Ninth Circuit Hears Oral Argument Regarding the Flores Settlement Agreement
FOR IMMEDIATE RELEASE
May 19, 2020
Contact: Patty Guinto, 626.512.4974, firstname.lastname@example.org
Oakland, CA – Today, the U.S. Ninth Circuit Court of Appeals panel heard oral arguments in Flores v. Barr and considered the Federal Government’s attempt to terminate the Flores Settlement Agreement. The Agreement, in effect since 1997, sets national minimum standards for the detention, treatment, and release of all minors detained in the custody of the federal government. The Ninth Circuit panel included Judges Marsha Berzon, William Fletcher, and A. Wallace Tashima.
In August 2019, the Departments of Homeland Security (DHS) and Health and Human Services (HHS) released final regulations intended to replace the Flores Settlement Agreement. In September 2019, U.S. District Judge Dolly Gee blocked the Government’s regulations, stating that, “Defendants willingly negotiated and bound themselves to these standards for all minors in its custody, and no final regulations or changed circumstances yet merit termination of the Flores Agreement.” The Federal Government appealed this decision in November 2019.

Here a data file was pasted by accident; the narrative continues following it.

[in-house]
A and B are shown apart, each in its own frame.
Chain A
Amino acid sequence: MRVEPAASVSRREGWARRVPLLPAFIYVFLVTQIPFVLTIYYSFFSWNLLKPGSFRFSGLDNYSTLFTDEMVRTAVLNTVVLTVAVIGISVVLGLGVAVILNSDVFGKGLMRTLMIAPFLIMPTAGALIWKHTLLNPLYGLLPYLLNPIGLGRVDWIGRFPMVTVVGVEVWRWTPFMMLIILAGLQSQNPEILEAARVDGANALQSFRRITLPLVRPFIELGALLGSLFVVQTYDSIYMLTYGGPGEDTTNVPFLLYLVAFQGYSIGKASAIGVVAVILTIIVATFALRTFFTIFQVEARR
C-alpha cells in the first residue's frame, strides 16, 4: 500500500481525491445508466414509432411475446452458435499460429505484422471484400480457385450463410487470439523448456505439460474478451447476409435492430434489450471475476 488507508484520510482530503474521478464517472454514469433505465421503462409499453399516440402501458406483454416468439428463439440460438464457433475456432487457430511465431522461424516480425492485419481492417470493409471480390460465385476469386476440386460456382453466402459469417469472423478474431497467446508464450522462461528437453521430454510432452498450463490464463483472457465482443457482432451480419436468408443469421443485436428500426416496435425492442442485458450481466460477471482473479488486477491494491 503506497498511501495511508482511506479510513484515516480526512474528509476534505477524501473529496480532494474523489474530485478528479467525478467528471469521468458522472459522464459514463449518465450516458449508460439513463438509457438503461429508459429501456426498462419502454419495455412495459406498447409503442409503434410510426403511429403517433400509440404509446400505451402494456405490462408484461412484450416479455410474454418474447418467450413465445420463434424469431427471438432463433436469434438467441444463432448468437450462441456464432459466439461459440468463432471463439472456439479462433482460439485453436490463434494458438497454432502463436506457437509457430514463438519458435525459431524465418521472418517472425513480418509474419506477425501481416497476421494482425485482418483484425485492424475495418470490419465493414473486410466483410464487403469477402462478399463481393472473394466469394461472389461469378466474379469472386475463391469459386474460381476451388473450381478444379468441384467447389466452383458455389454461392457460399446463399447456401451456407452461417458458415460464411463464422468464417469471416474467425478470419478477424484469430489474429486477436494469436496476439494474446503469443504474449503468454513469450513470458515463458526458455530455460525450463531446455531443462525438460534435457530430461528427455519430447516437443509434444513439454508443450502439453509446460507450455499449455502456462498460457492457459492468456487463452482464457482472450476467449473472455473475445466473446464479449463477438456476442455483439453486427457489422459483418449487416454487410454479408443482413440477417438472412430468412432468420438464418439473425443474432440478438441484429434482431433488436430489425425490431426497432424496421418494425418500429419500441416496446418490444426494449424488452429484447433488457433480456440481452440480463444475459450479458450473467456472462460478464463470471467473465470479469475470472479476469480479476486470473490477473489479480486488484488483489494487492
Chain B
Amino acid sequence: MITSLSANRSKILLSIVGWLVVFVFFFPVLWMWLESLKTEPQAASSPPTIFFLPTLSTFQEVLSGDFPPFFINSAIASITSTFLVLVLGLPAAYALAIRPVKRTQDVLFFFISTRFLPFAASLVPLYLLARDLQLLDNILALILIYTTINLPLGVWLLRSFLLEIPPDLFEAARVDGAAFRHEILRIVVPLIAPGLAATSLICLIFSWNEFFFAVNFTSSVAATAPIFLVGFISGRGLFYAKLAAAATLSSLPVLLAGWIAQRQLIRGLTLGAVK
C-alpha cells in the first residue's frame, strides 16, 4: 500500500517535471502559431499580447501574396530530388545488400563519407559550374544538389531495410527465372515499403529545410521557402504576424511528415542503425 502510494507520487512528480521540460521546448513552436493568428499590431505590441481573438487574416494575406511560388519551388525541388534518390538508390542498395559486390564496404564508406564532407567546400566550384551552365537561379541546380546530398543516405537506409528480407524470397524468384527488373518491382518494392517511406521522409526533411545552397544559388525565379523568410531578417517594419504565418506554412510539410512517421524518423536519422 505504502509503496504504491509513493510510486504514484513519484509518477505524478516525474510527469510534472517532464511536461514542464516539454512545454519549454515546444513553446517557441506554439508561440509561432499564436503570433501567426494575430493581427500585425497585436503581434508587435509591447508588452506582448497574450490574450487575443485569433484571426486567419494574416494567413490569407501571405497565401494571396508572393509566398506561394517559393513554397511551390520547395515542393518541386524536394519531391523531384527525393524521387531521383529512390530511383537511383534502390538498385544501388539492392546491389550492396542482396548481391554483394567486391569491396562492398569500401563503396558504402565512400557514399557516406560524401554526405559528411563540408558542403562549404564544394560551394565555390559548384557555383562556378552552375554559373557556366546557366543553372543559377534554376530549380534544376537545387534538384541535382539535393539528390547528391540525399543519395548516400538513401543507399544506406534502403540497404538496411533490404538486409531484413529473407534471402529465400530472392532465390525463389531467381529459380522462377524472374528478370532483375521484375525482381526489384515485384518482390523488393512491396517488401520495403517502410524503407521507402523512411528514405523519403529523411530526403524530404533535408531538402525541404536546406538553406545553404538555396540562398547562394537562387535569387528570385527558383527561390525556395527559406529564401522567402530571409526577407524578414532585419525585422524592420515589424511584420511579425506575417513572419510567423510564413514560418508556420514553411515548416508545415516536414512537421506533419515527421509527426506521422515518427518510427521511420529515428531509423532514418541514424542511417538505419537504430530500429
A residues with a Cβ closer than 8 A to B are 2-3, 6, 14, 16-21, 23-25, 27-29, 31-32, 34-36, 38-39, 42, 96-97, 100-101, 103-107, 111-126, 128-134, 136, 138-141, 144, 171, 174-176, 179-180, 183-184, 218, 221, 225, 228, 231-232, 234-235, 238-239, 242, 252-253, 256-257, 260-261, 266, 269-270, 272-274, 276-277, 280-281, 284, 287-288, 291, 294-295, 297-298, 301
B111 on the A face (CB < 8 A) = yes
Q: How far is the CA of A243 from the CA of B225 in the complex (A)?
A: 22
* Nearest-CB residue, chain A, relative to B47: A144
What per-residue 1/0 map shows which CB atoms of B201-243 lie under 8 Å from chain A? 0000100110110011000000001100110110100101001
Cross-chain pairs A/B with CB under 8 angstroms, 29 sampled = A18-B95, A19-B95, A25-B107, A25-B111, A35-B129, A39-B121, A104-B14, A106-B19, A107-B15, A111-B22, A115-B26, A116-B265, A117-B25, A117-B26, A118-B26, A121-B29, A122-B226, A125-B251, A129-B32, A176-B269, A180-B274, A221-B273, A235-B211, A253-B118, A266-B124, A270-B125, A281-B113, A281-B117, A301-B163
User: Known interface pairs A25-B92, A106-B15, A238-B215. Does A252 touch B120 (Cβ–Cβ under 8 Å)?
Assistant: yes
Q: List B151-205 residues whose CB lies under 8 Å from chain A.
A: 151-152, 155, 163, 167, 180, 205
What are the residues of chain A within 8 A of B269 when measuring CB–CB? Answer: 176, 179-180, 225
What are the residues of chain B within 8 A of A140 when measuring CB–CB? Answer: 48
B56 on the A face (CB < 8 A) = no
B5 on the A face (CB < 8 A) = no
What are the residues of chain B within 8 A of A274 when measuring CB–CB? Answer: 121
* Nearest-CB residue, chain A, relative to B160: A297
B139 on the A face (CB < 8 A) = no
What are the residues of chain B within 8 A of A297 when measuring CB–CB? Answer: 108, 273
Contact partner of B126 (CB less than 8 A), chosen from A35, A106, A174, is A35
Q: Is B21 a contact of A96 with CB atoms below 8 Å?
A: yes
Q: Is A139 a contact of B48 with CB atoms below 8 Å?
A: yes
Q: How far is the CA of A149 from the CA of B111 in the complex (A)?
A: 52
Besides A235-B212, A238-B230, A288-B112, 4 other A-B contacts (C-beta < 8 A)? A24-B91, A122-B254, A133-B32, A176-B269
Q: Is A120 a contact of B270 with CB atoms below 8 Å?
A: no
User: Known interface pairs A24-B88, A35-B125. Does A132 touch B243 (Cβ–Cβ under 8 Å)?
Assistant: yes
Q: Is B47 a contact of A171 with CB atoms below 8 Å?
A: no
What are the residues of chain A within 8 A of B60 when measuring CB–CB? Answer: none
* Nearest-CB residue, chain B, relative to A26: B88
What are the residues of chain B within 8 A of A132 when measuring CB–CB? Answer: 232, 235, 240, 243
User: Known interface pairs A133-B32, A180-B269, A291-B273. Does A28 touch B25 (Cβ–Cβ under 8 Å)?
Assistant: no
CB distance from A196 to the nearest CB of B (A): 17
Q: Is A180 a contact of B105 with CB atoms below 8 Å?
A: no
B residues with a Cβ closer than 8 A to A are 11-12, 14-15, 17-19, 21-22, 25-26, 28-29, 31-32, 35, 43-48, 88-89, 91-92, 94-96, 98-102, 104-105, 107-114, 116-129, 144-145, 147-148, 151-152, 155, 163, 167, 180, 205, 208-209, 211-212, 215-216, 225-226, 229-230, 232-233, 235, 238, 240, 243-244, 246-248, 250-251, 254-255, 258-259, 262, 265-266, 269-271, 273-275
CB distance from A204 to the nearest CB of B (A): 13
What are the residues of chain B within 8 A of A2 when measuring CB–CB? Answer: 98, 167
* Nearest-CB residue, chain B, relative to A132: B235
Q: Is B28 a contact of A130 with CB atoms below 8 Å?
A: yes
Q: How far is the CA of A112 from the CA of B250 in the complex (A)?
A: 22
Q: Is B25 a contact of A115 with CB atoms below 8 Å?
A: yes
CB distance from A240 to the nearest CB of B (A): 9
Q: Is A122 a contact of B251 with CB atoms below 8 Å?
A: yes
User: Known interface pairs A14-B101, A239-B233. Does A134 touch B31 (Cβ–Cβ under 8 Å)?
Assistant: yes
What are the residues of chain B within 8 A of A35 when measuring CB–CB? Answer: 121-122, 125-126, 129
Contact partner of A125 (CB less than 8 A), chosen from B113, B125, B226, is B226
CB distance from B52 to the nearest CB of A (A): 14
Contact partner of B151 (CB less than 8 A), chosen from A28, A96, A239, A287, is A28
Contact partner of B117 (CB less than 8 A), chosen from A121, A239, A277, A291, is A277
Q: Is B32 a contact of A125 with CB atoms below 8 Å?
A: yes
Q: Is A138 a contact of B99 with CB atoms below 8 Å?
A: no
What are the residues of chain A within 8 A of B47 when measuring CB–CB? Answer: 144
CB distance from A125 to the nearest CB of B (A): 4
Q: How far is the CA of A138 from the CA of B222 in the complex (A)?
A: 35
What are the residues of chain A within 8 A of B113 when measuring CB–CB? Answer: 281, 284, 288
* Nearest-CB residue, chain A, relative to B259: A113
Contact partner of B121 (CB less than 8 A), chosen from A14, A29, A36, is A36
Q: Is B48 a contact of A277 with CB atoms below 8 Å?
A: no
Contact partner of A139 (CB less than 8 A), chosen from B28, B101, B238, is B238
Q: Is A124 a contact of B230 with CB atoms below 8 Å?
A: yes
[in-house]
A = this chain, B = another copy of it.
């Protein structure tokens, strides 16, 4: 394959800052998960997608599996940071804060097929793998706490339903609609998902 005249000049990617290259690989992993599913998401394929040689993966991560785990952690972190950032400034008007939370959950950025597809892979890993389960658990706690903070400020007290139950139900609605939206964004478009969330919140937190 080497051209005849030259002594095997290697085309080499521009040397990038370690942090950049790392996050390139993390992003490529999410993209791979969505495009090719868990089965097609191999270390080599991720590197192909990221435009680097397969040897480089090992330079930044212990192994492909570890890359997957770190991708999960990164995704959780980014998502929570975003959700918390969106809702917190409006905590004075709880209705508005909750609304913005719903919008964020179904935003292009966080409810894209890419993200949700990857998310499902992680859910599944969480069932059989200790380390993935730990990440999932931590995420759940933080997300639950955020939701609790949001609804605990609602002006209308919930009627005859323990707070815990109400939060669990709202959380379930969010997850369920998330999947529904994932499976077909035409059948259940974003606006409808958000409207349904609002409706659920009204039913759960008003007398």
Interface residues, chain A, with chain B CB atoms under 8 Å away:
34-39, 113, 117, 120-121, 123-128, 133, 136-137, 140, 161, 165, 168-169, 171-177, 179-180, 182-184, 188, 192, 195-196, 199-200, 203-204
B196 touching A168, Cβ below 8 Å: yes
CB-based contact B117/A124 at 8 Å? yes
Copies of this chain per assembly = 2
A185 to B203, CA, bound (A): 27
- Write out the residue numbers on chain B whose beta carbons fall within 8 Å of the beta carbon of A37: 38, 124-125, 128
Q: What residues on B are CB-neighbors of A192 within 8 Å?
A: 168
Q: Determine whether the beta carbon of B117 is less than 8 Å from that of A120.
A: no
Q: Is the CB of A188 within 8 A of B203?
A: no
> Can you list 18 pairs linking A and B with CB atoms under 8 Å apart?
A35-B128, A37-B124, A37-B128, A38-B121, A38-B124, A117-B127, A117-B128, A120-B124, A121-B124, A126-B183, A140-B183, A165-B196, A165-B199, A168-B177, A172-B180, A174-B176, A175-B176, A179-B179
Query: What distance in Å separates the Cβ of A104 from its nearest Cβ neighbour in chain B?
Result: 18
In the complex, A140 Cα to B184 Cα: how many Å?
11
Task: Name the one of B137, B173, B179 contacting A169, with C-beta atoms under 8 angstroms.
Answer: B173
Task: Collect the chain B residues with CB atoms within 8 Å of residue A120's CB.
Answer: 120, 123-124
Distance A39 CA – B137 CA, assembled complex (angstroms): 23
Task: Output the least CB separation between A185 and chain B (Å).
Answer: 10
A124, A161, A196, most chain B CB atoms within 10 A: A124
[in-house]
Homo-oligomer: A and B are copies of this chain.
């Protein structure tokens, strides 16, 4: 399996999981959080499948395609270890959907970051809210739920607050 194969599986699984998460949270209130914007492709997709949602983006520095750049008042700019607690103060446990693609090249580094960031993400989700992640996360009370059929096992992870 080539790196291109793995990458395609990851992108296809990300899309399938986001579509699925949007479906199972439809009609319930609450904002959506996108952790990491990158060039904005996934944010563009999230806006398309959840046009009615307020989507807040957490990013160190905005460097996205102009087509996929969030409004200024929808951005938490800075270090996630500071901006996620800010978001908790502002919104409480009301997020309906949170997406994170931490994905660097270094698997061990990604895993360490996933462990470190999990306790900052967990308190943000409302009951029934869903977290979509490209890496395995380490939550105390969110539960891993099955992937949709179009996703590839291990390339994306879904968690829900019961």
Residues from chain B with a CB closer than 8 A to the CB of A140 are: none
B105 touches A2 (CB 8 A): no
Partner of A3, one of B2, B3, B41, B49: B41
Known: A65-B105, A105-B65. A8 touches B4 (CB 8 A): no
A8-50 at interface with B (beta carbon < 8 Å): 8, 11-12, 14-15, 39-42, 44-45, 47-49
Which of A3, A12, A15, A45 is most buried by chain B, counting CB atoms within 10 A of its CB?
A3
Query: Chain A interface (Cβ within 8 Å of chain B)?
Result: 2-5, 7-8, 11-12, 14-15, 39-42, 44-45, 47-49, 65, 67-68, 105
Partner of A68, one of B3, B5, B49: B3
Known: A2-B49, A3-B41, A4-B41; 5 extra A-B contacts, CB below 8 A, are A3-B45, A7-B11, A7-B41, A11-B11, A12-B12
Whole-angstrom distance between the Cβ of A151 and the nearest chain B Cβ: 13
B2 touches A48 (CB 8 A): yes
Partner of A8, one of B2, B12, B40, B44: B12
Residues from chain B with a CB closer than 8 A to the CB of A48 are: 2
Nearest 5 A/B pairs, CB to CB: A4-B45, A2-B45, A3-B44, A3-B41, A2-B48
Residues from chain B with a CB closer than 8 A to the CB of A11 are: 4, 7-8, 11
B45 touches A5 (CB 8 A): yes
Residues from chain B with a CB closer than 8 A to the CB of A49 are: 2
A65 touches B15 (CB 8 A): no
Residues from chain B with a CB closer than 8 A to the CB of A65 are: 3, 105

Today, counsel for Plaintiffs argued that the DHS and HHS regulations are inconsistent with the terms of the Agreement, and therefore the Agreement cannot be terminated. Among others, the inconsistencies include:
- Permitting DHS to detain children indefinitely, in substandard facilities without state licensing.
- Stripping children’s rights to judicial review of decisions to detain them in lieu of release to parents and other available custodians and decisions to transfer them from licensed dependent care facilities to a juvenile hall or psychiatric detention facility.
- Replacing independent oversight of DHS with the power to self-license and inspect.
- Replacing several mandatory protections with non-binding, “aspirational” language.
The panel asked detailed questions of both sides, focusing on the clear distinctions between the Agreement’s requirements and the plain language of the government’s final regulations. The decision of the Ninth Circuit is pending.